KDE 4.8 Review: Redux

Months ago I made my review of KDE 4.8, and after a few months of usage I feel a booster to my original article is due.

That Annoying Animation? Grows on You.

In my first review I blasted the dolphin shuffle animation as being almost impossible to turn off, and for being ugly. I’ll still admit, nobody will know where to look to turn it off, but that animation itself has grown on me.

First, the animation has surprised me how it has grown into a slight usability helper. If you have a dolphin window open and a file is moved or copied into the window, that shuffle will serve as a cue just where that file was placed. Anything that stays still is ahead of the new file, anything that moves is below the file. It especially helps because I constantly change how files are sorted. I’ll sort by date, name, type, and regularly refer to that animation to see where in that ordering a new file pops in.

The Fast Loading Dolphin Views are Tricky Sometimes

My new pet peeve is how dolphin manages freshly loaded folders. To speed up, Dolphin will show files as quickly as it can, but in alphabetical order. Once those files are all showing, only then will it re-order them to however you requested them to be ordered (such as date); The idea is that showing the icons before it can sort them is faster, but requires displaying icons that will change places a moment later.

This creates a second where you see a file, go to click it, and have it switch right underneath your cursor. Several times I’d become very confused because I thought I clicked one icon, but launched another. This isn’t a problem for smaller folders as much, but larger folders or slower computers will make this moment of “order lag” apparent.

KolourPaint Gets Alpha-Channels

I may be behind the curve on this, but KolourPaint can now see and manage proper PNG transparency. It’s not perfect and has some very minor qwirks, but for the small edits this is a welcome invitation, far faster and easier than using the cumbersome GIMP editor when I only need to change a few pixels or resize an image.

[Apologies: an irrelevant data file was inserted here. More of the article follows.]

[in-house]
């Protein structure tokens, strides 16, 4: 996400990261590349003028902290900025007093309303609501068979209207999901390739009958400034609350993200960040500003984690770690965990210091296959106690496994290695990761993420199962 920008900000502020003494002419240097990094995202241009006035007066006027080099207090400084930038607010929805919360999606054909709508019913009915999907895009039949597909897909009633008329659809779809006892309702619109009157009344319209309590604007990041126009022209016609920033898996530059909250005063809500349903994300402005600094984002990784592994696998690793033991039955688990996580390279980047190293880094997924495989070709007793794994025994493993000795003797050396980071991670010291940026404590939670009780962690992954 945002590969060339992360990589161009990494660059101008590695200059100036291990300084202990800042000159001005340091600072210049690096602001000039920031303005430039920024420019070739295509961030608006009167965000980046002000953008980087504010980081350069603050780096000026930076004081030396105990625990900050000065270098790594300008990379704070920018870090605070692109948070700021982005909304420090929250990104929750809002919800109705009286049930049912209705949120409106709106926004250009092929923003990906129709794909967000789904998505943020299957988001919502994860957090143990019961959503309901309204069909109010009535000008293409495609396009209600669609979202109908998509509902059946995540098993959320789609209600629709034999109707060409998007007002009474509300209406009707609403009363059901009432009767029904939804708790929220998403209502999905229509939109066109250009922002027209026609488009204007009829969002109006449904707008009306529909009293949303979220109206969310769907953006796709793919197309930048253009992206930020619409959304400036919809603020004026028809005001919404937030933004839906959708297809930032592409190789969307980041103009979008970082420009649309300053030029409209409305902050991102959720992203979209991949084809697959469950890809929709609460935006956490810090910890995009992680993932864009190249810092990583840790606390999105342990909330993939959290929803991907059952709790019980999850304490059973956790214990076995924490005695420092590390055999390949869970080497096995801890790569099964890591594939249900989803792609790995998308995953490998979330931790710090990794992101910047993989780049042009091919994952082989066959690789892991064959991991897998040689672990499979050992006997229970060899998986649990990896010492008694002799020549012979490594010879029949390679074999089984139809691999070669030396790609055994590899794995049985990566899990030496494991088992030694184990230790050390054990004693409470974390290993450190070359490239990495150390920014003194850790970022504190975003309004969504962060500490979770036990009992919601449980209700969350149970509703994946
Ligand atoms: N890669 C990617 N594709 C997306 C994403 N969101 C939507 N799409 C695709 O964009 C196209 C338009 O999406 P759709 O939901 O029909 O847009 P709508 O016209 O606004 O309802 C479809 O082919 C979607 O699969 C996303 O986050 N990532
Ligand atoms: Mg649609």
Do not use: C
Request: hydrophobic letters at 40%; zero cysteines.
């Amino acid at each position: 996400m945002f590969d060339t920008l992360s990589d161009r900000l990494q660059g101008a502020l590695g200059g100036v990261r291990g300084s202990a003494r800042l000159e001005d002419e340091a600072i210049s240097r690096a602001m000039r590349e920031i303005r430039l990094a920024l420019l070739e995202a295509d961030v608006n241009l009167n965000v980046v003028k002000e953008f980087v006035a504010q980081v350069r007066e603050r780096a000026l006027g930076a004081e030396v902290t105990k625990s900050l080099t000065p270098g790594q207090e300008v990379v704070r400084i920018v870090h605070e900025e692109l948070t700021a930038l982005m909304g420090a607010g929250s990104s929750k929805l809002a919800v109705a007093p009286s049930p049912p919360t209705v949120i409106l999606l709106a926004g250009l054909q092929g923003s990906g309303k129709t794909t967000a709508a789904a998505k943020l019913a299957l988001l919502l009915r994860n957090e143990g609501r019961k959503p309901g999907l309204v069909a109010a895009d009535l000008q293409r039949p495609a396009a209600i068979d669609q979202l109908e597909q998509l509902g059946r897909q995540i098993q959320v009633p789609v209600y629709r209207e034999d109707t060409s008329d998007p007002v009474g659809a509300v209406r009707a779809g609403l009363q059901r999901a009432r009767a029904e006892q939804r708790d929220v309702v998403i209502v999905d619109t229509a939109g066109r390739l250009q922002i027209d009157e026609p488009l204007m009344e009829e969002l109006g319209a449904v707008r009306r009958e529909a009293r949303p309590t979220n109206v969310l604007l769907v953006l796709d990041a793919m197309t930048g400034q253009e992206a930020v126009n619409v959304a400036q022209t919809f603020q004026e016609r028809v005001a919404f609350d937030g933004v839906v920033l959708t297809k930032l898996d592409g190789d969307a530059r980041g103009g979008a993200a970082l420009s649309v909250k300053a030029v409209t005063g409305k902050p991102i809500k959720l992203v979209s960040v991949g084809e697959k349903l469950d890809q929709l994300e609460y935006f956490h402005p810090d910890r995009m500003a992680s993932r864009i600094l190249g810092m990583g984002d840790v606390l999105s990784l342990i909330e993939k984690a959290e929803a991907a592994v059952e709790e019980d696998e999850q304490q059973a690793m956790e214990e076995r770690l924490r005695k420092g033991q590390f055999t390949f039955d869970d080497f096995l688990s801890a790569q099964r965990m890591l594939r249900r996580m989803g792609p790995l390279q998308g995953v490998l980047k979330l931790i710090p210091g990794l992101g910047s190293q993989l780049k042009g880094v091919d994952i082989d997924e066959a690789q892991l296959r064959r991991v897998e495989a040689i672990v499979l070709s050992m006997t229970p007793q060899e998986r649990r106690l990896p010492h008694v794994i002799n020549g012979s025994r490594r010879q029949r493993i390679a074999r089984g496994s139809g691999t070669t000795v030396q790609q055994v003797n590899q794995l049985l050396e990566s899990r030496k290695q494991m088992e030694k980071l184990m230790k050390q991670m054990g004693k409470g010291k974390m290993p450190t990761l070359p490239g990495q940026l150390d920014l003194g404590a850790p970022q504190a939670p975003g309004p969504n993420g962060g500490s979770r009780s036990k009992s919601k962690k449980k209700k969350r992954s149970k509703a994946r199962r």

Gwenviews: 101 Ways to Scroll

Gwenview has a useful semi-transparent “drag tool” which lets you quickly whip around large images when zoomed 100%. This new tool will overlay itself over whichever image you’re working with automatically when able to scroll, but offers no option to disable it entirely. On paper it sounds great, but in usage it’s less than necessary and the inability to turn it off makes the tool less welcome. It becomes annoying when you want to look at a picture and the interface feels it should get in your way.

Muon is a Welcome Addition

Muon a software management suit, roughly mirroring similar utilities found in the GTK software family. It offers a user-friendly software centre and a more power-oriented package manager, and a third tool in development which will be released for future versions of Muon. The tools fit nicely with the general KDE feel and get the job done, but doesn’t yet feel as polished as the tools found in Ubuntu Software Centre.

KDE 4.9 On the Horizon

The future of KDE is fast approaching for regular users, and months after using the refined features of 4.8 I find myself enjoying some features I initially disliked, and vice-versa. I’ve kept reading about new features coming in the future revisions of KDE, and good things are ahead. KDE 4.8 delivered many innovations in a well-prepared package, And I look forward to KDE 4.9.


One Response to "KDE 4.8 Review: Redux"

  1. May172012
    Yuriy said @7:41 am

    Thanks for your review of KDE. Together with some other blogs it helped push me to try KDE for the first time and I was so happy with it that I switched to KDE and abandoned that Unity trainwreck from Ubuntu. KDE is just awesome.

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